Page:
On Monday, PJ Media posted an article about the increase in whale deaths offshore near wind farms. The article reminds us that when the Cape Wind Farm was proposed off the coast of Massachusetts, the elites who lived on the coast proposed it. Wind farms were for the little people.
The article reports:
…But there is concern that the surveying for the construction of offshore wind farms may be causing a problem for the whale population. Dead whales are washing up along the shores of New York and New Jersey. Meghan Lapp of Seafreeze fisheries told Tucker Carlson:
I can’t authoritatively say that all of the whales that are washing up are because of offshore wind farms. But what I can tell you is that the seven whales that washed up off New Jersey in the past month have all washed up during intense geotechnical surveying of wind farm leases off of New Jersey. On the East Coast, there has been an unusual mortality event for humpback whales from 2016 until now. The only thing that has changed in the ocean in that time is the fact there have been offshore wind surveys occurring from 2015 until now. Now, magically there are a bunch of humpback whales dying.
The article concludes:
So, coal is bad and deadly. Oil is bad and deadly. Natural gas is bad and deadly. But wind power is awesome! Unless you happen to be a whale. In which case, the process of putting in a wind farm could be bad and deadly.
It is tempting to think that the administration is in bed with the WEF and companies that create wind farms, and that the lobbyists have done their jobs well. And that is a perfectly reasonable speculation since everything must be electric now, lest the planet becomes a smoking cinder before our very eyes. It is equally plausible that the people who are pushing the electric agenda didn’t think things through far enough to consider the possibility that they could kill animals that have been struggling for years in terms of numbers. Or they just didn’t care. But then, being a Leftist means never having to say you’re sorry. Or admit a mistake.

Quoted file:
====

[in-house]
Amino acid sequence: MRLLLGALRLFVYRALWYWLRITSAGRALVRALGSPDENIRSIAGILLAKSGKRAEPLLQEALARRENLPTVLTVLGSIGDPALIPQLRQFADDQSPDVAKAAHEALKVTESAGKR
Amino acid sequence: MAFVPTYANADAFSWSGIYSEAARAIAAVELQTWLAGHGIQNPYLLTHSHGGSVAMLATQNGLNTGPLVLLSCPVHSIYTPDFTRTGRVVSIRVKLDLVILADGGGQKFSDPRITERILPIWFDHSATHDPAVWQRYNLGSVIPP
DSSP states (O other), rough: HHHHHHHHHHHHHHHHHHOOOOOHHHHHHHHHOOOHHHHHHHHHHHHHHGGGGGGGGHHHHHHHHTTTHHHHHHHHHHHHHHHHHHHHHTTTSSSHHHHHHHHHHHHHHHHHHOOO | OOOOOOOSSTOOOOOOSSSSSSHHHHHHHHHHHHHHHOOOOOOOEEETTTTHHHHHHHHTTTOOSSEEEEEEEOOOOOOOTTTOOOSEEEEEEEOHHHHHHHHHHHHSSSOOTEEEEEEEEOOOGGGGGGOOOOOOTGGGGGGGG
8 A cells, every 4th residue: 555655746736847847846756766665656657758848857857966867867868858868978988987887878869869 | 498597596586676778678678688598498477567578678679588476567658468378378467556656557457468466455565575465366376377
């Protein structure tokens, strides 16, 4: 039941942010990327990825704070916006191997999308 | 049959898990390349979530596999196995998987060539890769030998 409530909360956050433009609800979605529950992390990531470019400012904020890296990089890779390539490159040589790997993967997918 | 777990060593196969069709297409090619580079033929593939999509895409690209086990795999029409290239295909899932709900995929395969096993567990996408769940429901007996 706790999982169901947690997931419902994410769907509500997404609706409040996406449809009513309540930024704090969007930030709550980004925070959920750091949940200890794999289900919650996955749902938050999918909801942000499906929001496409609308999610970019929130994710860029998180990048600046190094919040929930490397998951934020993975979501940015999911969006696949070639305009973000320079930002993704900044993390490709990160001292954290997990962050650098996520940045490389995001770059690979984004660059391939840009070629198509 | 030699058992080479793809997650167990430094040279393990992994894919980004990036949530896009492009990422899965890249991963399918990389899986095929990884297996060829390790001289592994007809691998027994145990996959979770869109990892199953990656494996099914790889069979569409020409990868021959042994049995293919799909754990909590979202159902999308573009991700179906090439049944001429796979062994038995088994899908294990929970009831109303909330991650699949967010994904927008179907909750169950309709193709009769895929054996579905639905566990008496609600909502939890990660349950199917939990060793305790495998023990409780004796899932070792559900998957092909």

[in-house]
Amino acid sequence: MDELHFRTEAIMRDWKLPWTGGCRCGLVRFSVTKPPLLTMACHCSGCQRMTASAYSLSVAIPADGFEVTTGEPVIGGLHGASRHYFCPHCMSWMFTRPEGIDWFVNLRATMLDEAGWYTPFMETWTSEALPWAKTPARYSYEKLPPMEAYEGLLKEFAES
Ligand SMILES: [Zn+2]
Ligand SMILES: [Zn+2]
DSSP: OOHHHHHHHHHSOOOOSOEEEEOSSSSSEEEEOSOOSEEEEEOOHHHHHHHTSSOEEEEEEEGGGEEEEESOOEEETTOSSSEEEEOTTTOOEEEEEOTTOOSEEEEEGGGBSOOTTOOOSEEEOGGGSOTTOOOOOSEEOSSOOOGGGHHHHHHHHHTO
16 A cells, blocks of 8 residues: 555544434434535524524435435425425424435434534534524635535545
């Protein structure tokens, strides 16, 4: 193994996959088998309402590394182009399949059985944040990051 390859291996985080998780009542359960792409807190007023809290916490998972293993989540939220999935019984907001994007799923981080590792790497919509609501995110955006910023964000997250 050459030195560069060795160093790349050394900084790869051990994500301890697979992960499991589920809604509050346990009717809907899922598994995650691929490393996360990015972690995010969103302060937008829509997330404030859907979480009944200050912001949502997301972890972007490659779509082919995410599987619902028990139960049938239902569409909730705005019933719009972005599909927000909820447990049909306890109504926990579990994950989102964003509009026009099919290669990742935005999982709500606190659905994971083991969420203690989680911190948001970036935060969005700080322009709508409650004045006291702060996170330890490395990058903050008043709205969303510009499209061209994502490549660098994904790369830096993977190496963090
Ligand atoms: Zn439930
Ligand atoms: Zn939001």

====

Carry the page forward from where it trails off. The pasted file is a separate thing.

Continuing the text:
Wind farms are also deadly to birds attempting to fly through them. In January 2121, The American Bird Conservancy reported the following:
The Erickson study reported that 62.5 percent of the birds in their data set were small birds. Taking 62.5 percent of the 681,000 annual mortality estimate calculated above and adjusting this with the 1.6- and 2.7-fold multipliers from the dog search study (and adding the other 37.5 percent of birds back in), this would translate into a total of 936,000 and 1.4 million birds based on the numbers from the two sites. Averaging the two, this would suggest that 1.17 million birds are killed by wind turbines in the United States each year.